Marijam stuffed four old ripon tunics into the overnight case. She picked up the pretty pearl and gold jewellery box her aunt had given her. That, with other bits and pieces her aunt and grandmother had given her might be more useful as currency in the Z Zone than Terrestra credits, until she managed to get a false credit account.
She had briefly also thought about trying to make her way to the Citadel, where the Elders lived. She had heard rumours that they could be kind, and they would often help Normal Zoners who got in to some sort of trouble. But she had no idea how to get there. That would have meant delving into even more of the Hidden Information. At least she knew where the Z Zone was. Somehow, she thought, that was just as well. She deserved the poverty of the Z Zone more than the luxury of the Citadel.
She obstinately refused to let Louish help her with the packing. She said she wanted to get her thoughts straight about the Northern Lights Project. Louish had been taken in.
Neither of her parents mentioned Gabrizan’s disappearance again, nor how pale she looked. Oddly enough, over the last day or two, the nausea had all but disappeared. Just a hint of it now and then. Perhaps it was the shock.
Well, she was dressed smartly enough for a science project interview. She was wearing a newer, plain tunic. She washed her hair carefully and some of the shine came back. She didn’t look too bad in the mirror, even though she still felt completely drained.
Better keep up appearances, she told herself.
The pearl necklace her grandmother left her bought her some Hidden Information. If anyone found out, she would probably have to go to prison for the rest of her life. She shuddered when she thought of her meeting with the Ambassador, as he called himself. She would have sworn he was actually a Z Zoner, but one who spent an awful lot of time in the Normal Zones. He’d been so easy to find, too. Well, she’d known all along that some of the other kids in her social group sometimes accessed Hidden Information just for a bit of a laugh.
But it was nothing to laugh about. What she found out sickened her. She was almost grateful to the authorities for keeping that sort of information hidden. She had just two choices. She could give birth to the baby. That would be painful and could even kill her. Or she could get rid of it. That wouldn’t be all that pleasant either and was just as risky.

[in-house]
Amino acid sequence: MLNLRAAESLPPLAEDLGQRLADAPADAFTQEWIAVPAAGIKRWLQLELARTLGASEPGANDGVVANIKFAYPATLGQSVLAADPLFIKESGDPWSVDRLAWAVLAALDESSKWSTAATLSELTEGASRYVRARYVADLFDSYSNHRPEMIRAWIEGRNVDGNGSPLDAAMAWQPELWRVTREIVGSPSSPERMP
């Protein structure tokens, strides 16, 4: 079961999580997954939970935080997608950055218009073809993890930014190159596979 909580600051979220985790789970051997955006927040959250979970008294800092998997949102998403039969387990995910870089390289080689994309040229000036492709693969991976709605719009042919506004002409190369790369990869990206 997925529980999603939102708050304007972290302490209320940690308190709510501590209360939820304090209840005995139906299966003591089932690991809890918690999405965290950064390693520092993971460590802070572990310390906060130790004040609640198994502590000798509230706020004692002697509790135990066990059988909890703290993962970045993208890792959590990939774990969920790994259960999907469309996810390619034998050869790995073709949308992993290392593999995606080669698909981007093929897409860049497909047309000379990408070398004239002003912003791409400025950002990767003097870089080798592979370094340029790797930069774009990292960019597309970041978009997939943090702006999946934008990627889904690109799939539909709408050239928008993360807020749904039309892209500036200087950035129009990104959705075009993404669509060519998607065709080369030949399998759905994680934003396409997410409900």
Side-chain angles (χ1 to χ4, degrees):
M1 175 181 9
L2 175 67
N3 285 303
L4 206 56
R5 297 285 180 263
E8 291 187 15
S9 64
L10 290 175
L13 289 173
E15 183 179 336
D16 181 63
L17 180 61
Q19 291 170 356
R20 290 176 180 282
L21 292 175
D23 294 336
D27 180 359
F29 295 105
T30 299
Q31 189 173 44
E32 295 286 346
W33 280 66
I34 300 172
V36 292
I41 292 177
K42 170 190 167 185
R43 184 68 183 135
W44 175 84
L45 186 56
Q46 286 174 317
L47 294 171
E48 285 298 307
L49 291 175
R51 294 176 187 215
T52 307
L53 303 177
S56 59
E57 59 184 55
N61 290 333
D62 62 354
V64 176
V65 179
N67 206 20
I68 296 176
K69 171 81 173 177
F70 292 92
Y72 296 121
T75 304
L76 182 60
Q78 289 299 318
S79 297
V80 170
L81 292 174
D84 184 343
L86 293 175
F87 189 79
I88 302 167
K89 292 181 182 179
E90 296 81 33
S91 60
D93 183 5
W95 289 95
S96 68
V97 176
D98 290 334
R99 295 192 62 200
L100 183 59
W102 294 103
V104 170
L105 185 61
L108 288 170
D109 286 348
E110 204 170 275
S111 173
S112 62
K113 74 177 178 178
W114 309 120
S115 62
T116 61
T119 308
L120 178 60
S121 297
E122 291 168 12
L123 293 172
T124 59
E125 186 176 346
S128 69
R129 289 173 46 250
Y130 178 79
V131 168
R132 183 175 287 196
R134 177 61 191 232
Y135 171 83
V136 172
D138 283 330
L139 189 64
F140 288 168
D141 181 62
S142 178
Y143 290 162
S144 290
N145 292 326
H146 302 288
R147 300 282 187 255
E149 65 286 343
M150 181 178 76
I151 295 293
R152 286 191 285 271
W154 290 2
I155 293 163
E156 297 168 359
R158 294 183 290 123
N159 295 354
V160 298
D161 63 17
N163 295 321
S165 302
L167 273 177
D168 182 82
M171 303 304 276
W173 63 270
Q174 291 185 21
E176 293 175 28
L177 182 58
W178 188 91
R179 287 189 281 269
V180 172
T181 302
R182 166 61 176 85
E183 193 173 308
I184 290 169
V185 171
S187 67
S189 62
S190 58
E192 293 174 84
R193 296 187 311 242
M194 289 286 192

Both meant disappearing into the Z Zone. No-one in the Normal Zones would help with either. She would go there to get the help of the Z Zoners in delivering her baby, not in getting rid of it. It was Gabrizan’s baby. This would forever change her way of life and there would be no going back.
Marijam shivered as she thought of the Z Zone. She had found out more about it from the Hidden Information. She had already known that people who could no longer live in ordinary society were sent there. Until she’d got the Hidden Information, though, she had not known that Z Zoners did not have enough food, light and clothing. She had not realised that they had few dataserves and that any technology they did have was years out of date. The only concession they had to modern Terrestran life was a completely normal diastic system. The population there was getting thinner - maybe one day it would die out altogether. Would it though? she asked herself. Wouldn’t there always be misfits who needed hiding away? She flinched as she remembered what she had found out about birth control in the Z Zone. They had a full Stopes programme going on there. Not even Z Zoners got pregnant these days. But they also rarely made it to the hundred years and switch-off. They didn’t die of illness. They became tired, literally worn out, or they starved. They did die, the old way, and the average age for death was forty-five.
Marijam bit her lip when she remembered what it had been like getting that Hidden Information. No wonder they kept all of this from normal people. It was horrific.
Marijam looked around the room which had been hers for as long as she could remember. She had just a little more space in her bag. What else should she take? Then she saw it. Another gift from her grandmother. Oma had given it to her on her switch-off day. It was a book, a children’s picture book. Most stories were told in super-four vision these days, but this antique was beautiful. She found it hard to decipher the old-fashioned text. She knew the story off by heart, though, and she loved the pictures. She quickly flicked through the finely detailed paintings of the tower leading up to the sky. She loved the puzzled expressions of the people who found that they could not understand each other after they had tried to reach God.
Marijam heard her parents in the entrance hall to the apartment.
‘Are you coming?’ called Louish.
‘You go ahead, I’ll catch you up later,’ replied Marijam, trying not to let her voice tremble. It was really scary to think that she would never see her parents again.
The vacuum doors closed. Marijam stuffed the book into her bag. She took one last look around her room.
‘I’m sorry, Mum, Dad,’ she whispered. She thought about what might happen to her father after she had left. Would they allow him to carry on as a service head, if he couldn’t even deal with his own daughter? Just as well that he didn’t know why she had left.
Then she too walked out of the apartment.
The lifts to the surface had long queues to them. People chatted excitedly and jostled one another to get to the front of the queue. They won’t half feel dizzy, thought Marijam, when that real air hits them.